5s System: The 5S system is an organizational method stemming from five Japanese words: seiri, seiton, seiso, seiketsu and shitsuke. These words translate to organize, tidiness, clean, standardize and sustain. They represent a five-step process meant to reduce waste and increase productivity and efficiency.
|How the 5s System benefits you
The 5s’ help you minimize multiple areas of waste
|Reduces cost through
less storage space
|Getting rid of unused materials, tools and equipment, and organizing frees up a lot of space.
This kind of cost savings hits on not only storage rental costs but heating and cooling,
cleaning and the maintenance of the space
|Cleanliness||Cleanliness translates into improved maintenance and less downtime.
If a machine is clean, you’ll be able to spot defects and issues like oil leaks.
This lets you perform preventative maintenance to prevent downtime
|Safety||Cleanliness directly relates to improved safety.
It removes clutter which can reveal electrical, chemical or mechanical hazards.
Organizing tools and equipment in areas close
to where they’re needed minimizes movement, reducing injury
Kanban: Kanban helps eliminate inventory and overproduction waste by implementing a method for regulating the flow of goods inside and outside the factory. It translates to “billboard” or “visual signal” and relies on visual signals to help employees control inventory. A Kanban card can be placed in a visible area to signal when inventory needs to be replenished. With this process, products are assembled only when there is demand from the consumer, allowing companies to reduce inventory and waste. The Kanban method is highly responsive to customers because products can be manufactured by responding to customer needs instead of trying to predict their future needs.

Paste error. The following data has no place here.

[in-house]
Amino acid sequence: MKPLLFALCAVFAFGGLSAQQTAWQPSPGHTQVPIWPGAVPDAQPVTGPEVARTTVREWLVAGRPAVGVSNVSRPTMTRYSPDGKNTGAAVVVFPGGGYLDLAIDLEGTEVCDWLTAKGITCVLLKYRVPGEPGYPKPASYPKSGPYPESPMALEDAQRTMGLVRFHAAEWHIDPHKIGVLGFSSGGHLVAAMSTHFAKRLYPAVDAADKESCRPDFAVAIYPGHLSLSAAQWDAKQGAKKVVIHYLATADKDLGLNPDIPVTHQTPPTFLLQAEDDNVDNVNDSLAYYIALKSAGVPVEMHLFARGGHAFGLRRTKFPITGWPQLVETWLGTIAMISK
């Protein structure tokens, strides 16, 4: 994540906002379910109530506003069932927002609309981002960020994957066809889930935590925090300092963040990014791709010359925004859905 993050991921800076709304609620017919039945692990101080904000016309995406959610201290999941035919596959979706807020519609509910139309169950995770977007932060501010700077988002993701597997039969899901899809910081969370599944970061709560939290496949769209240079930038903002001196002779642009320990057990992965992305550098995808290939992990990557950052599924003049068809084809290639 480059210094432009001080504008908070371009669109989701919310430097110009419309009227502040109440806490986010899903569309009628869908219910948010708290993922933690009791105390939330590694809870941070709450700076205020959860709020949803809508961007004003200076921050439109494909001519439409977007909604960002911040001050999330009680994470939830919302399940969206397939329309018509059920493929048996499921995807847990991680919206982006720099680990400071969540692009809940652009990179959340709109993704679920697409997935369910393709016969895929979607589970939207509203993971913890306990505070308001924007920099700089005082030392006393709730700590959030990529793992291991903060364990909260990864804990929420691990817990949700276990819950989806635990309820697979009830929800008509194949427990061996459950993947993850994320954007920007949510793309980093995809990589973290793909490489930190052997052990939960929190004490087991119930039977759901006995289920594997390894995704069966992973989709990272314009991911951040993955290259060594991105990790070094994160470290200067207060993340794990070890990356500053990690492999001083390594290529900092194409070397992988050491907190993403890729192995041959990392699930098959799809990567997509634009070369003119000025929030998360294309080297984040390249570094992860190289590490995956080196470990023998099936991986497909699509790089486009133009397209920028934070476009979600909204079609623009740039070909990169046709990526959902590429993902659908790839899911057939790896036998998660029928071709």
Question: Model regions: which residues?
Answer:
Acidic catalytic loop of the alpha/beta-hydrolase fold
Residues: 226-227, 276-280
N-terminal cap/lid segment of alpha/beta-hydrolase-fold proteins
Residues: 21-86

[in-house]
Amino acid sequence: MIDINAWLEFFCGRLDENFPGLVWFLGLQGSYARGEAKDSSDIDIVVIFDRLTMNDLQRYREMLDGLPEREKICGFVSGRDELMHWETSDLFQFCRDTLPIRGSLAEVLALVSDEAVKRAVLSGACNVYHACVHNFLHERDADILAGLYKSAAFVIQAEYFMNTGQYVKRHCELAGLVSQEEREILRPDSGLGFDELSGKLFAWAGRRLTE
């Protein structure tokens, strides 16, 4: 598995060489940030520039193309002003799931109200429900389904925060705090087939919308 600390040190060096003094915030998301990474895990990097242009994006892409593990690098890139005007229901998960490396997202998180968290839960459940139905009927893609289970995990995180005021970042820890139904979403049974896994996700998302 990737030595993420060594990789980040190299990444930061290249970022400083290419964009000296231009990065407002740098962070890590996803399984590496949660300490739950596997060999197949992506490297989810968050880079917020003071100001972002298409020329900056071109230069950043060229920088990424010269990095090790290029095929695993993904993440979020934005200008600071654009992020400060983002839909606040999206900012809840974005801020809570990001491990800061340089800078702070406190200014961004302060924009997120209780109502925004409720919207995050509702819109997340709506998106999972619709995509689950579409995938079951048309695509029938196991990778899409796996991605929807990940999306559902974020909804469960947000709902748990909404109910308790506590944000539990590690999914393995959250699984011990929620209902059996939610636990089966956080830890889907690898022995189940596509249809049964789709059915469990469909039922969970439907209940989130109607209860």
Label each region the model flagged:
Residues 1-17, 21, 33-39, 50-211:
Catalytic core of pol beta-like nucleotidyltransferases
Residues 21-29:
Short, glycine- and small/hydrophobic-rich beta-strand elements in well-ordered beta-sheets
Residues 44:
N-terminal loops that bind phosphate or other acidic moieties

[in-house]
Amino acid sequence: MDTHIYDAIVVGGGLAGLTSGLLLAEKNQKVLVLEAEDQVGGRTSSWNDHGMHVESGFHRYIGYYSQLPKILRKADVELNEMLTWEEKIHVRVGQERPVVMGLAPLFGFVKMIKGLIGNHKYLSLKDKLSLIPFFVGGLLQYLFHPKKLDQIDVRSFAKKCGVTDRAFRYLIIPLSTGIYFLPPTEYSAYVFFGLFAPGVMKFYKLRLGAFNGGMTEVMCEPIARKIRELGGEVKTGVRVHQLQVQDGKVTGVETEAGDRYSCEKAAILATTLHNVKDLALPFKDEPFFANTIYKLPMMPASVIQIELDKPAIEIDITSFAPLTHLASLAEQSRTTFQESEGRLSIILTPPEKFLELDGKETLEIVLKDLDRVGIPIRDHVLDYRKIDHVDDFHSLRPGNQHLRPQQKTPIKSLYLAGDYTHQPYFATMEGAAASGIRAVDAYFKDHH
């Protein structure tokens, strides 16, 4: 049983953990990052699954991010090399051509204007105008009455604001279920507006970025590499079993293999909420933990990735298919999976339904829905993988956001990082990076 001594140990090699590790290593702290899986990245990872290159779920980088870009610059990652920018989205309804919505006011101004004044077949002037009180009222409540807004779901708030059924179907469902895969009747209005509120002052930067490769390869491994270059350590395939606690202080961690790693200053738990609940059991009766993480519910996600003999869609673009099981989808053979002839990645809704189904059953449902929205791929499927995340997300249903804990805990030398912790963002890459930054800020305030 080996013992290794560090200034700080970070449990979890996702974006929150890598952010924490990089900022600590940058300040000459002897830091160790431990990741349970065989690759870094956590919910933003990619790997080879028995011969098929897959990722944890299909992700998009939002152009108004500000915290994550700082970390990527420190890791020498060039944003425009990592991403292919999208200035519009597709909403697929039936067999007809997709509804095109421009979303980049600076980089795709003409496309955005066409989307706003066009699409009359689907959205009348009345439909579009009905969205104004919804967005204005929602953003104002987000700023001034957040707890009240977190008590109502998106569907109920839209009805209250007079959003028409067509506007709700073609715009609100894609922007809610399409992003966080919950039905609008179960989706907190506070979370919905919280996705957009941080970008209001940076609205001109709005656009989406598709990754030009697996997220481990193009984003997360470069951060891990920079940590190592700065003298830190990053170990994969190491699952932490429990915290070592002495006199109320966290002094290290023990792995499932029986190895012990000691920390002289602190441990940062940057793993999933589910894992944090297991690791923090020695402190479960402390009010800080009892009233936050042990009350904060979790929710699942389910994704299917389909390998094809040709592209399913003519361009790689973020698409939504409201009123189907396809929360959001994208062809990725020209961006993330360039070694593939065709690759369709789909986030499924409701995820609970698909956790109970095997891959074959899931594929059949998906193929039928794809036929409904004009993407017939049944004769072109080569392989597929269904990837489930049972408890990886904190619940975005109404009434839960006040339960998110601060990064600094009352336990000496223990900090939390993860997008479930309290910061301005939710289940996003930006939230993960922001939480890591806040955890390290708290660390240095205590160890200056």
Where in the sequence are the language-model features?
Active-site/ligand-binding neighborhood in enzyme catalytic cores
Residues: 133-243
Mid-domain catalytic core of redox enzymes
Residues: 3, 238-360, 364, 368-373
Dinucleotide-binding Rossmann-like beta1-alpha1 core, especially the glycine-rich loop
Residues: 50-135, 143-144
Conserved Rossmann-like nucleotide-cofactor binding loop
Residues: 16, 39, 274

A basic form of Kanban is having three columns: “To Do,” “Doing,” “Done.” Once you’ve begun a project or the first step in a process, move a colored sticky note with your name on it to the “Doing” column, so everyone knows where you’re at in the process. Columns can be labeled to match your particular project and there can be as many columns as you need.
|How Kanban benefits you
Kanban is a great way to manage work processes and maximize time and efficiency
|Flexibility||With the Kanban technique, priorities are always being reassessed based on the most recent information|
|Continuous delivery||Kanban helps you deliver exactly what your customers want by continuously delivering smaller batches of product.
This lets your team constantly update processes based on new business requirements
|Waste reduction||Kanban improves your productivity and efficiency, reducing waste like over-production,
unnecessary motion, defects and waiting
Heijunka: Heijunka is the Japanese word for “leveling.” Level scheduling is a type of production that purposely manufactures products in smaller batches by sequencing varying products in the same process.